We can live for weeks without food and days without water, but only a few minutes without oxygen. Our life itself is measured from our first breath to our last. Still, most of us don’t give breathing a passing thought except when we have a head cold or visit that friend who lives in a fifth-floor walk up.
In yoga, we learn that the breath is the bridge from body to mind, from outer concerns to inner peace. Yoga is like a four-legged stool – postures, breathing, relaxation and meditation and each “leg” is of equal value. Breathing is used during asanas to assist in reaching our personal best (usually, inhalation accompanies an upward – or backward -bending movement, exhalation a downward – or forward bending move). Pranayama is also an important practice in its own right. Pranayama brings under your control the normally automatic function of breathing in order to regulate the flow of prana, or life energy, throughtout your system.
With the exception of trained singers, elite athletes, and yogis, most people are shallow breathers who seldom completely fill their lungs with air or fully exhale stale air and start fresh. Learning pranayama can help you use your lungs full capacity for breath. The result is greater vitality, clearer eyes, skin, and a better functioning respiratory system. (This may be the reason many people who take up yoga say they get fewer colds than they did before.)
Some basics of pranayama are:
Sit cross-legged on the floor or on a cushion. As an alternative, you can kneel or sit in an accomodating chair. In any case, avoid rigidity, but keep your back straight enough that your lungs feel open and free to expand.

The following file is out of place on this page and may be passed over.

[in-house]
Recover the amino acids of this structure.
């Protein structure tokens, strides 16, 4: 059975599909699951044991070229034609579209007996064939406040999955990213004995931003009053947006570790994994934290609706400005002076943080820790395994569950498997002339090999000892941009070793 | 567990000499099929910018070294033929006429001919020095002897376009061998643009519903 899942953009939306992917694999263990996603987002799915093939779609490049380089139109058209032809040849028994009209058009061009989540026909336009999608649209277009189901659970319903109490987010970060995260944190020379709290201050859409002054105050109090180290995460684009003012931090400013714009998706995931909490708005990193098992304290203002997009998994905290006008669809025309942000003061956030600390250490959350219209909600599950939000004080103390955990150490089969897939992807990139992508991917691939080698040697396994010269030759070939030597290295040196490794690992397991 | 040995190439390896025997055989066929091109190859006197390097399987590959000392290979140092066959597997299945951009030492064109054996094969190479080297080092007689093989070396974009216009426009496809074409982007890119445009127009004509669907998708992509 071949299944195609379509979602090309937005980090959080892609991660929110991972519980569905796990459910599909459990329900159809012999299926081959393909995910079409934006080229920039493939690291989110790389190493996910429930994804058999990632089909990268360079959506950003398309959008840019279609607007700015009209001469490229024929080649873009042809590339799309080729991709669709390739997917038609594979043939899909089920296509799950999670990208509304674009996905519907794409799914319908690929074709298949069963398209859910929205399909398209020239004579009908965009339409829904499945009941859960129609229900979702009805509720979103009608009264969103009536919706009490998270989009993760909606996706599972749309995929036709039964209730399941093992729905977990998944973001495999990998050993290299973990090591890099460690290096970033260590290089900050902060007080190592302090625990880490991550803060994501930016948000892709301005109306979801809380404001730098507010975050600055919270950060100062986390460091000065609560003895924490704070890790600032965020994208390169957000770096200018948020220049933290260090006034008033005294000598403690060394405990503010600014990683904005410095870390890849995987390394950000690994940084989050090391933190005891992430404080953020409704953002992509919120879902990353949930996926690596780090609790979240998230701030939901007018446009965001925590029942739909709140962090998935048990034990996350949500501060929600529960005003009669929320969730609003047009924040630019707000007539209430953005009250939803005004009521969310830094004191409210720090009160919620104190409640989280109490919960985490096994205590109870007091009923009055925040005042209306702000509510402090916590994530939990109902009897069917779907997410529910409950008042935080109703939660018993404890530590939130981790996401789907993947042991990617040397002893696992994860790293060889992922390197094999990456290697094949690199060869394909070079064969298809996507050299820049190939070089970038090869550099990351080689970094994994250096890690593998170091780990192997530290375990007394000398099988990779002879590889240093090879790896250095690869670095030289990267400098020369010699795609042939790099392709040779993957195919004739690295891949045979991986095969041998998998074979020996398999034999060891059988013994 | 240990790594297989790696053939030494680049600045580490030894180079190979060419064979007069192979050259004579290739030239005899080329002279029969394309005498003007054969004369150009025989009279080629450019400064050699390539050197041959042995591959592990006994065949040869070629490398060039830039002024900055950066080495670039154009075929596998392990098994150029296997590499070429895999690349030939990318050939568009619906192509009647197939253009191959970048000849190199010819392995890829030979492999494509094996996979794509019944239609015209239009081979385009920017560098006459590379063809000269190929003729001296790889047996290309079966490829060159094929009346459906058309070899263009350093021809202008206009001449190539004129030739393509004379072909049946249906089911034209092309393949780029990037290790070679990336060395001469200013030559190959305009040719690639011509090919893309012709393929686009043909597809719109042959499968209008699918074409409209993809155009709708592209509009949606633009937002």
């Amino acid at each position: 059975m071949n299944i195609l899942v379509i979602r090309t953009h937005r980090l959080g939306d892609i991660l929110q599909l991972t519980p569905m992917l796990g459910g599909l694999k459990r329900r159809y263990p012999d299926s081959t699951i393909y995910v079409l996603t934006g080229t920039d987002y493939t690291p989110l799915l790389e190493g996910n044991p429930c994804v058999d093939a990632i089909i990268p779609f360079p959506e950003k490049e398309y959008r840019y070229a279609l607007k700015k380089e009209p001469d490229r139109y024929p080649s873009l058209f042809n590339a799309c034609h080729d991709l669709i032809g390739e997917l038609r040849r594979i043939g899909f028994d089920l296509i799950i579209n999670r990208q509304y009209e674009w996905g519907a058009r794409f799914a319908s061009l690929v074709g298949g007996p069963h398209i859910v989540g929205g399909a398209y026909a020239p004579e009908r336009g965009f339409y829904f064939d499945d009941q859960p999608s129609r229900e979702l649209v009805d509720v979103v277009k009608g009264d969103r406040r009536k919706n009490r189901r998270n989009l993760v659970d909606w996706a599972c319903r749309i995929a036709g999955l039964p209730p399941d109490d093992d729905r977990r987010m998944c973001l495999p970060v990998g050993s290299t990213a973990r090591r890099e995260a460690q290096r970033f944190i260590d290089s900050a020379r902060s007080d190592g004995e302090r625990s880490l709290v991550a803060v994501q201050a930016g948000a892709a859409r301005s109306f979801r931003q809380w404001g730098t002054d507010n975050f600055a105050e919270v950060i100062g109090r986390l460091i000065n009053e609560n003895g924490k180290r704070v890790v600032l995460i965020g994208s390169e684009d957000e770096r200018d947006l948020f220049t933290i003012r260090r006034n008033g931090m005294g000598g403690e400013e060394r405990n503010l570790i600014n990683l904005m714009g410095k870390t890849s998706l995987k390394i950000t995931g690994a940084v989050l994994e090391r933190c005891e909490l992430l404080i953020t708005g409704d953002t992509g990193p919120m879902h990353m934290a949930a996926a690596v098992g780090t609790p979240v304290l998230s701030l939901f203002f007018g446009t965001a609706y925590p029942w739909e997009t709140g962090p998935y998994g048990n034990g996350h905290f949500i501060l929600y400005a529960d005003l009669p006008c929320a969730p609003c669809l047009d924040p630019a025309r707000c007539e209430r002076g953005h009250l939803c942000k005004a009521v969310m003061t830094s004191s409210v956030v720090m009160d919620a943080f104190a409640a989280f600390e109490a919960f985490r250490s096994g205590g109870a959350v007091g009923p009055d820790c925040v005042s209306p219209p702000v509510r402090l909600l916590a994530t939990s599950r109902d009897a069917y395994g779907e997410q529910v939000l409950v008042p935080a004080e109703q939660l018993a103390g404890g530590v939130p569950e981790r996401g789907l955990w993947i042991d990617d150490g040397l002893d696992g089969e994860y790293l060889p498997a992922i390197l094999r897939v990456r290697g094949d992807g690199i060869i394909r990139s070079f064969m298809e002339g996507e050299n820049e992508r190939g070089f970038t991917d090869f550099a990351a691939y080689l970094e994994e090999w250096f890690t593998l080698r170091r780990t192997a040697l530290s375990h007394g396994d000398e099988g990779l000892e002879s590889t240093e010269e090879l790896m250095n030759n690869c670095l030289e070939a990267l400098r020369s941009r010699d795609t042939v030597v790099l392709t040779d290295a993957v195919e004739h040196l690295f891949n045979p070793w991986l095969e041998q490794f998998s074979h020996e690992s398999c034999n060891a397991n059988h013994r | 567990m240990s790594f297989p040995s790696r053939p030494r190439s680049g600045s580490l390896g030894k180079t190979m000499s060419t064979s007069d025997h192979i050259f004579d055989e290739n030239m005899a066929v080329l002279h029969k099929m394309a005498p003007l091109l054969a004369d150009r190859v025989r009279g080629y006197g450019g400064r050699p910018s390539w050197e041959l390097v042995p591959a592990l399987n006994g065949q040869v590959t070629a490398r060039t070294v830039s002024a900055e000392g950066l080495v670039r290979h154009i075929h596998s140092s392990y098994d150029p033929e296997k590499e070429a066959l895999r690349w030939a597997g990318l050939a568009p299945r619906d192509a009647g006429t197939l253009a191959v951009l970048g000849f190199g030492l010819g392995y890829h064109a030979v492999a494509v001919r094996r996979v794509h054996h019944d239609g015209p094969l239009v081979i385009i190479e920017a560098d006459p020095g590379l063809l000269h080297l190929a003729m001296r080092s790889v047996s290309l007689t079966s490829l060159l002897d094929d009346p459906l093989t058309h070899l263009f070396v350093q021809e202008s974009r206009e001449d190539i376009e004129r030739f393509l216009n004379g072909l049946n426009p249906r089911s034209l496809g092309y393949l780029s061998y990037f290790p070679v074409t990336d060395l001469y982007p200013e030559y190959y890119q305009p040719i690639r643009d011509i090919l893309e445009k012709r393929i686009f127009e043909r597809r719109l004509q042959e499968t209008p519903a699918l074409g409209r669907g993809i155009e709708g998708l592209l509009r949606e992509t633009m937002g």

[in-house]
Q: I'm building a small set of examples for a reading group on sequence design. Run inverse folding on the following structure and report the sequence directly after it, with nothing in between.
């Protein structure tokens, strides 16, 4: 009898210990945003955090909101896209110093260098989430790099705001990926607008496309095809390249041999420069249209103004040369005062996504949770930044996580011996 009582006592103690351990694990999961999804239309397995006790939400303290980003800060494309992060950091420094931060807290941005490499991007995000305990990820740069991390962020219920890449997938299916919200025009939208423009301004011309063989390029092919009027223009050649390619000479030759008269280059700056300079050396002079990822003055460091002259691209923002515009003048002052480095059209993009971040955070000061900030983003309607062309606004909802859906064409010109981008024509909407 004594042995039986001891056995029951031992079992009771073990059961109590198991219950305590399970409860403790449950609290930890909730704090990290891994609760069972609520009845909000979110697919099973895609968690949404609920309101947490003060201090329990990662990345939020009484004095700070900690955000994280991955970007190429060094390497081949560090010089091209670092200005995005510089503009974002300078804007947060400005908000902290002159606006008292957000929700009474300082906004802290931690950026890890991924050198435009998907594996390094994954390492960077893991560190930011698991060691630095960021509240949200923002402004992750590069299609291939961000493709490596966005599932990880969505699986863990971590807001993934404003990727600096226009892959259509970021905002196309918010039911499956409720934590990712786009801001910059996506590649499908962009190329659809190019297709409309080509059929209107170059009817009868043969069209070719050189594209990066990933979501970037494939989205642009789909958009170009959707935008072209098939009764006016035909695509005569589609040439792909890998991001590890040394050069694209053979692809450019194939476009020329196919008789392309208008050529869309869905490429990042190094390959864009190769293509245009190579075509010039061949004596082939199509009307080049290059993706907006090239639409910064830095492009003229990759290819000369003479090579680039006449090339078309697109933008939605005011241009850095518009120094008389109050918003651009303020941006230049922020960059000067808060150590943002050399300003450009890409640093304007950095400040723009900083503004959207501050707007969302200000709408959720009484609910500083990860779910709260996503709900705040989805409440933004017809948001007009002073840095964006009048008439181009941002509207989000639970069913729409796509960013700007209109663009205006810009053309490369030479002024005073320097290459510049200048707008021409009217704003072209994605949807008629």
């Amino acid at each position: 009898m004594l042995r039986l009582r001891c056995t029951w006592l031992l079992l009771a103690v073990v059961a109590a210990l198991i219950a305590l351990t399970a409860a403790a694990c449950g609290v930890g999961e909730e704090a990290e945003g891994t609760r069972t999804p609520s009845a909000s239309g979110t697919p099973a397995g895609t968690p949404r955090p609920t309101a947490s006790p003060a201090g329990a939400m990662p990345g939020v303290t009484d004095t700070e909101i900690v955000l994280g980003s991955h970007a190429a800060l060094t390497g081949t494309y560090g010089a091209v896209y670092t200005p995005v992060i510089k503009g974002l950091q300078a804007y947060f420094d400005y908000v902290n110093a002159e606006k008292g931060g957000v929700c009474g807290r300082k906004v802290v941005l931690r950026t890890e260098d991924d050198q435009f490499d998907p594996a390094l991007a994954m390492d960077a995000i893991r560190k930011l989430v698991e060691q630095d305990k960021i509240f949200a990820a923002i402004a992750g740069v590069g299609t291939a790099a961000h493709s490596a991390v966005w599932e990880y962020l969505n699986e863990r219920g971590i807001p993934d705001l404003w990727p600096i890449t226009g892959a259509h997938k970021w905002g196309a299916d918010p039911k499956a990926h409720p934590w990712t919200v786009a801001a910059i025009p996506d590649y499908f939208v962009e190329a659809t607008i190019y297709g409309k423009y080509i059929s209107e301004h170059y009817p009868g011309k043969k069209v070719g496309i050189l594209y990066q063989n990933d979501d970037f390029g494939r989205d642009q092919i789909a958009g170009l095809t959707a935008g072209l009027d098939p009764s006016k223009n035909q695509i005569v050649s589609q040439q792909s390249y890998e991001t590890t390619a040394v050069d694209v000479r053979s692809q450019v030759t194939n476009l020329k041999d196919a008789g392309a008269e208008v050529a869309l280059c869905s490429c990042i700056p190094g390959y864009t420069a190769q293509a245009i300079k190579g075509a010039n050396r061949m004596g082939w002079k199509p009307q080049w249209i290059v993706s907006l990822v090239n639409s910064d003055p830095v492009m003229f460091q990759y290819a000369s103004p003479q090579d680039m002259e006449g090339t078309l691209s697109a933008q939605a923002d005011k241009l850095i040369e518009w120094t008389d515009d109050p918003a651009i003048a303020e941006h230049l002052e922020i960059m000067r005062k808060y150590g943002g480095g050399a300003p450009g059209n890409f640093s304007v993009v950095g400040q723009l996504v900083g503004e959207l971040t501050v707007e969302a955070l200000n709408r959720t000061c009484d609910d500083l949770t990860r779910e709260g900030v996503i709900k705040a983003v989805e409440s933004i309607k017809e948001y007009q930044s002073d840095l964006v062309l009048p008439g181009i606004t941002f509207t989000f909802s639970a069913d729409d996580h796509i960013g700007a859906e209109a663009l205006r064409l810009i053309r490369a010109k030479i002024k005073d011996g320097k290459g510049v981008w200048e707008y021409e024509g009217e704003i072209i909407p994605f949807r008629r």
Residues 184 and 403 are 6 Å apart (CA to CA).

In most yogic breathing exercises, the exhalation should be one-and-a-half to two times as long as the inhalation. If this dosen’t feel natural at first, advance slowly. Count your breaths to keep track.
“When you hold the breath, you hold the soul”- B.K.S. Iyengar
Pranayama is more about guiding the breath than controlling it. Unless your teacher instructs you otherwise, allow your body to breathe of its own accord and gently usher your breath where you want it to go..
By regulating your breathing, you can increase the oxygenation of your entire system, improve circulation, relieve tension and anxiety, and increase concentration. Breathing practices can also regulate the flow of prana or life energy in your body; and slow, steady breathing is an essential component of meditation. In addition to formal pranayama, you can do a simple yoga breathing routine during the day when you need to calm down, energize yourself, or clear your mind before giving a presentation or dealing with a problem.
The simplest practice is basic, three-part, deep breathing (deerga swasam). To do this,you inhale by extending first your abdomen, then your diaphragm, and finally your chest; and follow by exhaling slowly and fully, drawing your abdomen in as if to push out the last vestiges of stale air. Doing even three of these inhalation-exhalation has been shown to slightly lower blood pressure and steady brain wave patterns.
“What lies behind us and what lies before us are tiny matters compared to what lies within us” – Ralph Waldo Emerson
Most importantly, whenever you do a breathing practice – and whenever it crosses your mind during the day – observe the point of stillness between each inhalation and exhalation. This is a tiny meditative movement. When you momentarily focus on it during pranayama – and at other times as well – you gently train your mind to focus and even in the midst of past memories and future plans, become acutely aware of the present. It may not be possible in daily life to take a break from a board meeting to stand on your head, but you can pay attention to your breathing. Thus the yogi’s saying “Breathe first. Act later”
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